Let me tell you a story that demonstrates this issue beautifully of a girl named Gillian Lynne. She was a mess as a school girl, constantly distracting her classmates and failing classes. Finally the school wrote to her parents. They thought she had a learning disability of some sort. This was in the 30's so ADHD was not yet diagnosable. So her mother took her to a psychiatrist. Gillian sat on her hands for 20 minutes while the man talked to her mother about all the problems she was having at school. Eventually the man stood up and said “Gillian I need to speak to your mother in private, it will only be for a few minutes. Don’t worry, it won’t be very long.” But as they were leaving the room he reached over and turned on the radio. When they got out of the room he said to the mother “just stand and watch her.” The minute they left the room Gillian was on her feet moving to the music. And they watched for a few minutes and he turned to the mother and said “Mrs. Lynne, Gillian isn’t sick. She’s a dancer. Take her to a dance school” So she did, and it was full of people like her. People who couldn’t sit still. People who had to move to think. There they did tap dance, jazz and ballet. She eventually auditioned for the royal ballet school, she became a soloist, and she had a wonderful career at the Royal Ballet. She eventually graduated from the Royal Ballet school and founded her own company, the Gillian Lynne Dance Company. Went on to produce some of the most successful theatre productions in history including “Cats” and “Phantom of the Opera” and she’s a multi-millionaire.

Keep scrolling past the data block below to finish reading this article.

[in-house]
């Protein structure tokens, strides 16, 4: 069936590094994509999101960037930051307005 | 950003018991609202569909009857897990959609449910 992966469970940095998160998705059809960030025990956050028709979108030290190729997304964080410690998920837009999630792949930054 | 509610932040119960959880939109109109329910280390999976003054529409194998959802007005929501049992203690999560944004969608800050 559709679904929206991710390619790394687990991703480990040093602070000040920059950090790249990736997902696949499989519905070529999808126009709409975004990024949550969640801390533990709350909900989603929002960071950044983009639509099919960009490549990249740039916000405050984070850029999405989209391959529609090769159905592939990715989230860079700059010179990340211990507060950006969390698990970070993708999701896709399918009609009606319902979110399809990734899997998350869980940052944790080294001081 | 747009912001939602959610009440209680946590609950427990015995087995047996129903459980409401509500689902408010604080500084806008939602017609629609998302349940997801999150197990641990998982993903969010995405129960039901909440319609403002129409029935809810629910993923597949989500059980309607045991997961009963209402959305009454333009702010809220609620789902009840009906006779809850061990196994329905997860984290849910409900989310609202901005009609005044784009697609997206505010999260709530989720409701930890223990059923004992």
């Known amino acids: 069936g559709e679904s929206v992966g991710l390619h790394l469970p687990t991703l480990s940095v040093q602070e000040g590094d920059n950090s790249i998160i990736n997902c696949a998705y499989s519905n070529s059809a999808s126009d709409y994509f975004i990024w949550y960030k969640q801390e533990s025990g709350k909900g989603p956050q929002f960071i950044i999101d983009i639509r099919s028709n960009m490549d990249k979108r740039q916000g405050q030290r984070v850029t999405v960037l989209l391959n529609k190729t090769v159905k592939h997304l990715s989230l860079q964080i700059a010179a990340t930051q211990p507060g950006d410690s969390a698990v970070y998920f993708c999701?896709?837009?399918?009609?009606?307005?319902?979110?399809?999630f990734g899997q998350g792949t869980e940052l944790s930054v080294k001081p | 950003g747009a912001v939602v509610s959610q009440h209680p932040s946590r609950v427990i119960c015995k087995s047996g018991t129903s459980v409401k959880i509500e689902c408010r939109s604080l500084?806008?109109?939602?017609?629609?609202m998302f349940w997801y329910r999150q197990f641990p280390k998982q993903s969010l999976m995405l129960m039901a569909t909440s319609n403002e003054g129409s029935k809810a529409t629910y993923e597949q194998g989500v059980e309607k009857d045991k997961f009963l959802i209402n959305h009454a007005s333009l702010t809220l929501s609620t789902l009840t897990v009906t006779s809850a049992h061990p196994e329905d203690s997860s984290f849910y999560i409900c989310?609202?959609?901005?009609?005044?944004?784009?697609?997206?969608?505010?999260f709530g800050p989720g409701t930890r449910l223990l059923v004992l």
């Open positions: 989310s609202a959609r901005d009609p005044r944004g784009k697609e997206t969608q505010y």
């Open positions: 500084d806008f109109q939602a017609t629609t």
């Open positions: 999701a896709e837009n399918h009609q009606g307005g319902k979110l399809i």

Somebody else might have put her on medication and told her to calm down.

“The Element” by Ken Robinson

NO ROOM FOR PASSIONS OR INTERESTS

Now, I had passion, and this is what makes me so vocal about this, is I had passions when I was younger about space, math and art.

Whenever my 4th grade teacher passed out papers to the class about English or writing I would start drawing random objects and doodling on the side of my papers. I loved drawing but every. single. time that she saw me doing this she would yell at me to stop drawing on my papers and focus on the work. But I had a natural talent for art. My drawings were frequently displayed in local libraries and placed in art fairs and contests. They were quite good and it was something that I was proud of. Now, obviously I don’t remember a single thing I learned in the 4th grade, but what I do remember is getting bad grades on every paper that had drawings on it, until, finally… I stopped drawing. Because I was afraid to suffer consequences for practicing my talent and thinking creatively. But hey, at least I got an A in 4th grade English.

INAUTHENTIC LEARNING